Ease Dental Anxiety with Your Kids
One of the most important ways to keep your kids cavity-free is to see the dentist regularly. Routine checkups and cleanings are completely covered at no cost by most dental plans, so there’s no reason to skip a visit.
There’s one issue, though, that you might run into – kids getting spooked by the dentist. Children can have a more difficult time expressing their emotions than adults. While an adult with dental anxiety may leave their dentist appointment while in the waiting room, kids will show their fear differently. Signs that a child fears the dentist include nervousness, lashing out, general avoidance of going to the appointment. Studies indicate that the child will likely also have trouble sleeping the night before. Ease dental anxiety and leave the fear of the dentist behind. Check out our tips to help make their next appointment a little easier.
1. Start taking your kids to the dentist early.
The American Dental Association recommends children visit the dentist within six months of getting their first tooth or by age 1. Early visits give kids a chance to become familiar with the dentist and may help reduce anxiety down the road.
2. Lead by example.
If you’re nervous about the dentist, your kids might pick up on it and adopt the same attitude. According to a study in the International Journal of Pediatric Dentistry, adults can transfer their dental anxiety or fears to family members. Make a conscientious effort to demonstrate a positive attitude toward the dentist while showing the value of regular visits. By modeling relaxed behavior, you can let your kids know there’s nothing to be afraid of.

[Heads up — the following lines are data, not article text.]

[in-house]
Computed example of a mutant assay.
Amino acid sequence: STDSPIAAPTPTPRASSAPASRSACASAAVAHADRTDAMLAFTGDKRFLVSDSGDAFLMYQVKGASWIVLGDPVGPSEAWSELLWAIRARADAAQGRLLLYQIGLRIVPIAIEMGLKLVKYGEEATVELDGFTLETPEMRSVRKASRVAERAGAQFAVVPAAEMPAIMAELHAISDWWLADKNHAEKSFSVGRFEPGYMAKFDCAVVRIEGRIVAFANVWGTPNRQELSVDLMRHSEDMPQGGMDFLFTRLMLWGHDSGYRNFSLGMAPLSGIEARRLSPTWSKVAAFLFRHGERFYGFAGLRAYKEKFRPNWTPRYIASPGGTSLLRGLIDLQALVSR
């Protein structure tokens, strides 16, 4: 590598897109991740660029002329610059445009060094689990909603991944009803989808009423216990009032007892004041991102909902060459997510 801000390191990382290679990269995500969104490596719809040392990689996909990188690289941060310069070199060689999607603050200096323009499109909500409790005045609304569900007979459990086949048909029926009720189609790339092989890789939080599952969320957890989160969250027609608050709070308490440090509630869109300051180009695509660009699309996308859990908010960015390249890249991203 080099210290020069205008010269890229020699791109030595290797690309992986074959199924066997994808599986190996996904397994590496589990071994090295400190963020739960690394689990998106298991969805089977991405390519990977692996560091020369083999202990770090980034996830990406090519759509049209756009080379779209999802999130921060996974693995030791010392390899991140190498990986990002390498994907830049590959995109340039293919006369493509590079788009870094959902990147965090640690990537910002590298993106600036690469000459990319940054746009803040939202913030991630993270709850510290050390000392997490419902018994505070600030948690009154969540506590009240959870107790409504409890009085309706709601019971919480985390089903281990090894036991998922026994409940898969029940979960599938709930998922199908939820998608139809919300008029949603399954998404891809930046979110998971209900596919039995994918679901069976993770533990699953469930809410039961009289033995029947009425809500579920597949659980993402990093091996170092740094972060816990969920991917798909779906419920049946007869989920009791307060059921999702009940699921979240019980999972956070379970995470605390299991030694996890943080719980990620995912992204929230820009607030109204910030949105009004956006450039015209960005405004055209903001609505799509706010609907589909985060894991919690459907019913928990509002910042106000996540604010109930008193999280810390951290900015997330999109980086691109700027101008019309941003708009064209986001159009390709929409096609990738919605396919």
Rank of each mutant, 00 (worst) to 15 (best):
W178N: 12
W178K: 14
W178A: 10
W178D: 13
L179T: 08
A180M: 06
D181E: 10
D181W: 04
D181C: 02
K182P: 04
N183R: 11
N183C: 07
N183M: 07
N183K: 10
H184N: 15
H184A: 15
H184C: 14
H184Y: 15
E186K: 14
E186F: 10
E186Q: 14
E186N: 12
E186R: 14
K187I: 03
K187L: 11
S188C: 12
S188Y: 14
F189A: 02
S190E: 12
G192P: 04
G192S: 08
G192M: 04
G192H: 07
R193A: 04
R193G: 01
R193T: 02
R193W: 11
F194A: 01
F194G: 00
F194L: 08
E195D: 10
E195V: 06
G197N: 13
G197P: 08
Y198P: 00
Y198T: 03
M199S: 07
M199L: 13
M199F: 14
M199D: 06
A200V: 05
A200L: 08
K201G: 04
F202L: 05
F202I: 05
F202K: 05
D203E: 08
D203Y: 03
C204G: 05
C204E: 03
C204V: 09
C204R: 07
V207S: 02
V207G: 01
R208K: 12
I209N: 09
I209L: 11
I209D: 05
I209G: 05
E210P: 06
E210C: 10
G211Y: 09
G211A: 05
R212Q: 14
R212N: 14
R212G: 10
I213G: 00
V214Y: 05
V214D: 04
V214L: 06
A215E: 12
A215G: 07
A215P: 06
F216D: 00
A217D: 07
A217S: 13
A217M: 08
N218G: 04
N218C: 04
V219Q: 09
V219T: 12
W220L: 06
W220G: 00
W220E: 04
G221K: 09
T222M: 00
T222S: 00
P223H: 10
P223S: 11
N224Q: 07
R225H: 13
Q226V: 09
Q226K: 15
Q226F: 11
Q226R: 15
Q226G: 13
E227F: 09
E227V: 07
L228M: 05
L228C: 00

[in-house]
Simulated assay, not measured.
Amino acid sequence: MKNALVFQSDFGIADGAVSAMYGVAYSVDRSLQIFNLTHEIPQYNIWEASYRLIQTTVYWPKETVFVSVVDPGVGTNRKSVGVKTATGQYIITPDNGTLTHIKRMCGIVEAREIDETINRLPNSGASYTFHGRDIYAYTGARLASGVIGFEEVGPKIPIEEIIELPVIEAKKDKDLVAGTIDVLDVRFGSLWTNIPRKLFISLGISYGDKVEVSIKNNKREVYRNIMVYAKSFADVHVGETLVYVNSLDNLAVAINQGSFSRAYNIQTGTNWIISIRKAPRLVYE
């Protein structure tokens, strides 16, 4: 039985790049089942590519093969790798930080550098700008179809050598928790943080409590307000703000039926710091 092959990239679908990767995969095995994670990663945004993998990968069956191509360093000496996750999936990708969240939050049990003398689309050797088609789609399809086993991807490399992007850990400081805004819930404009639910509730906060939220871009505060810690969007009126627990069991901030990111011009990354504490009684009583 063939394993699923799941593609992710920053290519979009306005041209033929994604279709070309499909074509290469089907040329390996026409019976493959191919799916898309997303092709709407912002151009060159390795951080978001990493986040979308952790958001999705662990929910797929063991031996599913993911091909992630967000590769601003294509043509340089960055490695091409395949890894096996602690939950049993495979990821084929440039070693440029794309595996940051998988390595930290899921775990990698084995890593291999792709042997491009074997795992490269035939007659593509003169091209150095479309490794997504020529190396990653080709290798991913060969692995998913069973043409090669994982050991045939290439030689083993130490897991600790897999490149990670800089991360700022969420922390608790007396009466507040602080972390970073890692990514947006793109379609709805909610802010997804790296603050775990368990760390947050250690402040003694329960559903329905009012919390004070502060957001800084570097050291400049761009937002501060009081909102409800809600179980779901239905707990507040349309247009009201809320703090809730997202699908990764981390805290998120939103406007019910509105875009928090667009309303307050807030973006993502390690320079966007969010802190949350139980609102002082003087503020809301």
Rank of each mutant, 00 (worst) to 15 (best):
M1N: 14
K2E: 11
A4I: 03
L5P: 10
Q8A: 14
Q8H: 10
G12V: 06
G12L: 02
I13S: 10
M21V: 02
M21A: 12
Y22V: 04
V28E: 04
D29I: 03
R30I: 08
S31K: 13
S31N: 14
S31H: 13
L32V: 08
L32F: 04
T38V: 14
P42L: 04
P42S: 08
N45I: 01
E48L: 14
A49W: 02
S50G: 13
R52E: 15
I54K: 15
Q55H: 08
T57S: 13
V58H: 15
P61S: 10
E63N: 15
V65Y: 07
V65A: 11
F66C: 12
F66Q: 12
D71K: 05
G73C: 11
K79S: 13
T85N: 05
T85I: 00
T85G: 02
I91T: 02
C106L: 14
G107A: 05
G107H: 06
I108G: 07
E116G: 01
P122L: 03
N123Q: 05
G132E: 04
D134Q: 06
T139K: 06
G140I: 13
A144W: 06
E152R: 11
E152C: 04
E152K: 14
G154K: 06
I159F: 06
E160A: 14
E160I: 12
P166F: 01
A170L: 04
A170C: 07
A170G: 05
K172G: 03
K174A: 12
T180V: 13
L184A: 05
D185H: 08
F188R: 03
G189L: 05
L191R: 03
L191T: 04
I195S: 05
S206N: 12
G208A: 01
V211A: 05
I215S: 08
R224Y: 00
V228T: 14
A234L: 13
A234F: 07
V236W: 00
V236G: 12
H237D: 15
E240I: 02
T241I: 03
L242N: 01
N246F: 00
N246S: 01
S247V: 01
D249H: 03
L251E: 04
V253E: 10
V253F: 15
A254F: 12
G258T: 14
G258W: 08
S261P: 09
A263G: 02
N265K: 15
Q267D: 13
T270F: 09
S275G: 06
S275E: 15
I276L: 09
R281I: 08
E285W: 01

Reshape their attitudes with the power of the page. Pick up library books that explain dental appointments in kid-friendly language. Popular options include “Curious George Visits the Dentist” by A. Rey, “Just Going to the Dentist” by Mercer Mayer and “Open Wide: School Tooth Inside” by Laurie Keller. To build even more positive associations with the dentist, try bringing their favorite toy or game to appointments.
4. Make your child comfortable with your dentist and their staff.
Stop by the dental office beforehand so your kids learn what to expect in a lower-pressure situation. Introducing them to the dentist and staff without the stakes of an actual appointment can help them feel more comfortable in the environment.
5. Play dentist at home.
Create a mock dental visit in your own home to remove any confusion they have about what happens in the dental chair. Pretend to clean your child’s teeth while explaining how visiting the dentist helps keep their smiles in tip-top shape.
If you’ve tried everything and your kids still get the heebie-jeebies in the dental chair, don’t fear! Try calming them down with some simple relaxation exercises. Instruct your child to inhale and exhale slowly and steadily. You can also try a technique where they tense different muscle groups as tight as can be, then release.
A positive, comfortable relationship with your dentist or your child’s dentist is extremely important to easing dental anxiety. Anxiety at any age can be reduced when you’re comfortable with those who are taking care of your teeth.